In the aforementioned Contract Management article, an endnote references FAR 37.601(3) and misinterprets this paragraph as--encouraging the use of incentive-type contracts where appropriate. Here's what FAR 37.601(3) actually says:
QuotePerformance-based contracts for services shall include-
(3) Performance incentives where appropriate. When used, the performance incentives shall correspond to the performance standards set forth in the contract (see 16.402-2).
The authors have made the mistake of assuming that a contract that contained a performance incentive was necessarily an incentive contract. In fact, when acquiring services FAR 37.102(a)(2) states the following order of precedence:
Quote(i) A firm-fixed price performance-based contract or task order.
(ii) A performance-based contract or task order that is not firm-fixed price.
(iii) A contract or task order that is not performance-based.
As shown above, a firm-fixed-price contract would take precedence over an incentive contract.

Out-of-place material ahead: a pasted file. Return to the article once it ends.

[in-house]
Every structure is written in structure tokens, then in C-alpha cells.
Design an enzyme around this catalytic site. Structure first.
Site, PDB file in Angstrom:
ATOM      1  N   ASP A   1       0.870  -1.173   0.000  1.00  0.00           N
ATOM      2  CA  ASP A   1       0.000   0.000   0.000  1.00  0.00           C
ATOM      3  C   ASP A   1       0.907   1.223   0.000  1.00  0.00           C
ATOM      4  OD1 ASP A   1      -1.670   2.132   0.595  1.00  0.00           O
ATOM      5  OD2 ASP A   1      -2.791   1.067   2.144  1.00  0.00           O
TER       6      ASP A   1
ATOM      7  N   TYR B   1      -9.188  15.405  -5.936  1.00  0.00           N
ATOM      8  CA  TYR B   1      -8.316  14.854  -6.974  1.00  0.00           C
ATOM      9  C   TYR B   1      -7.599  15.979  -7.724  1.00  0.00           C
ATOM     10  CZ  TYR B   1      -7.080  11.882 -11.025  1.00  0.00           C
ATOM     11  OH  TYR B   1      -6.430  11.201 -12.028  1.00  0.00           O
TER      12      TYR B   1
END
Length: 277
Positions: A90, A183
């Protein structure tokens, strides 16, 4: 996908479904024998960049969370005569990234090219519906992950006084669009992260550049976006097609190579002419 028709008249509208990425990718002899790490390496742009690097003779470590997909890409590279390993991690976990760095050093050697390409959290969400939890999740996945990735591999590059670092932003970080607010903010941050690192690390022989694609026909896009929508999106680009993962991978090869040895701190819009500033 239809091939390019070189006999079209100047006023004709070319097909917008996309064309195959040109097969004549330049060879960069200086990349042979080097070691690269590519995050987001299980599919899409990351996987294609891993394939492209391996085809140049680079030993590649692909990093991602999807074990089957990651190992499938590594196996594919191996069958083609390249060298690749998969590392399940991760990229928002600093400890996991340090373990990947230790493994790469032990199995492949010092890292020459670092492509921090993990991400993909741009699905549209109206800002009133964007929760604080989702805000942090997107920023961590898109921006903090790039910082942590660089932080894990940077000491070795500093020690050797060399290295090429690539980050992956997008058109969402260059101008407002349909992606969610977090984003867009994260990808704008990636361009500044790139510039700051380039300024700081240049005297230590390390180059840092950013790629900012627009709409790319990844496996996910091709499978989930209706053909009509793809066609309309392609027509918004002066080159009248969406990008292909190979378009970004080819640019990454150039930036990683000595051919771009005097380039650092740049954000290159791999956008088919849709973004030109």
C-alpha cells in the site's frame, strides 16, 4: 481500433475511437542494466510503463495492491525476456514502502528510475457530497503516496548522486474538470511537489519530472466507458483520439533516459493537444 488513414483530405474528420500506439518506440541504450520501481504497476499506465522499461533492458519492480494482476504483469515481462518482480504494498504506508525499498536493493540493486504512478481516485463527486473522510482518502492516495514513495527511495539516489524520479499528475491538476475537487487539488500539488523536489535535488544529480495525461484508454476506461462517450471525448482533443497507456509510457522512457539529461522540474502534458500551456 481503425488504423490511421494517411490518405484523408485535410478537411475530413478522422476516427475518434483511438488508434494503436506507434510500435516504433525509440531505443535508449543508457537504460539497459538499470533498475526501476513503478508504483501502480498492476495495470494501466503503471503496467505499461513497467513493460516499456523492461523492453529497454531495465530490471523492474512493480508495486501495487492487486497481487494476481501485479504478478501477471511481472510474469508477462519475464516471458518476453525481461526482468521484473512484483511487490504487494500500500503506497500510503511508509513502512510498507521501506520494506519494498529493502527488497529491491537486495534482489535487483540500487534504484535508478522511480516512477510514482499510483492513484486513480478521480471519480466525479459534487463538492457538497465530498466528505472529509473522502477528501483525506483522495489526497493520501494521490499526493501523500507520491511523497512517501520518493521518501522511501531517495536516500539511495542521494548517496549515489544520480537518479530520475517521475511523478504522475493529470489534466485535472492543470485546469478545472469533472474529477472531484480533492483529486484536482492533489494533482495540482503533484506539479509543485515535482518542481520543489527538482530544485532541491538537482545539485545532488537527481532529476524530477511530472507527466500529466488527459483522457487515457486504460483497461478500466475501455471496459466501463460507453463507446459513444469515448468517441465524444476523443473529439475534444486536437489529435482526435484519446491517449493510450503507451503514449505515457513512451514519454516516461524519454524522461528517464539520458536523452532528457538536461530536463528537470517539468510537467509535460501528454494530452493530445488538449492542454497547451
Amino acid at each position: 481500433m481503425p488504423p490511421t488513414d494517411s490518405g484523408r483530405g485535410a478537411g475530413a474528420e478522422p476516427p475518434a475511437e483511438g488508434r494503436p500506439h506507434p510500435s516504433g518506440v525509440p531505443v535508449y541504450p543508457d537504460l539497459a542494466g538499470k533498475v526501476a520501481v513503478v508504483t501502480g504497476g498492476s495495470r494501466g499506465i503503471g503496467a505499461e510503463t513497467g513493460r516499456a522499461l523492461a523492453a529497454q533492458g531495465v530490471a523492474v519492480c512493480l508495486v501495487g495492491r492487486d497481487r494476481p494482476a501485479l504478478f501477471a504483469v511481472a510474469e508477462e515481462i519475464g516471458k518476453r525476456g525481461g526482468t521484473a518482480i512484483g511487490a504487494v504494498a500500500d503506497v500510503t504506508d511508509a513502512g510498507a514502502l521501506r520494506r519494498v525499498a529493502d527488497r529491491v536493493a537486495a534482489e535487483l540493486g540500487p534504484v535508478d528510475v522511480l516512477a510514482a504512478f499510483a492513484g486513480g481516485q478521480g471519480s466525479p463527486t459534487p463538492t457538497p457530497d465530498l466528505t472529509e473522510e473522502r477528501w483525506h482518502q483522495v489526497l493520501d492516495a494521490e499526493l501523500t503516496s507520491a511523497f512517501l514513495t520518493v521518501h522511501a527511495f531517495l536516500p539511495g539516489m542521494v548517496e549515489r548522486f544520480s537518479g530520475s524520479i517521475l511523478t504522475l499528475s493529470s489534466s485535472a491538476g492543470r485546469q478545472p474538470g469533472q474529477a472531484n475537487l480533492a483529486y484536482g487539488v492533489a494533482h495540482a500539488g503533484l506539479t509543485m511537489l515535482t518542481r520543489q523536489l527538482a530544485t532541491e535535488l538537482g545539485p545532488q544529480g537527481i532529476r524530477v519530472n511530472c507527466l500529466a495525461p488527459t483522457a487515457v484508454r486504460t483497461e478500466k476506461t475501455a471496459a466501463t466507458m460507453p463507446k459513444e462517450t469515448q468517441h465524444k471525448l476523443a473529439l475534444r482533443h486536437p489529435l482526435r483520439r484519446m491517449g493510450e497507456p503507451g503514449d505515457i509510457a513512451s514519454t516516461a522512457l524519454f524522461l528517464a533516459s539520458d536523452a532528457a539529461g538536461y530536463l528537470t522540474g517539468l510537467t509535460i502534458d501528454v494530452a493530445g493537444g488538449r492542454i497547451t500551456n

A Genuine Misunderstanding
In a discussion of additional contract types and agreements, the Contract Management article contained the following statement (which caused me to stop reading and start writing):
QuoteT&M and LH contracts are varieties of indefinite-delivery contracts and provide procuring agencies with the flexibility to acquire recurring services or when the amount of the effort required to deliver an end-item is uncertain.
Huh? T&M/LH is a type of indefinite delivery contract? I'll let you readers ponder that one.
The article concludes with a plug for the authors-two-day course in, you guessed it, types of contracts. I will pass.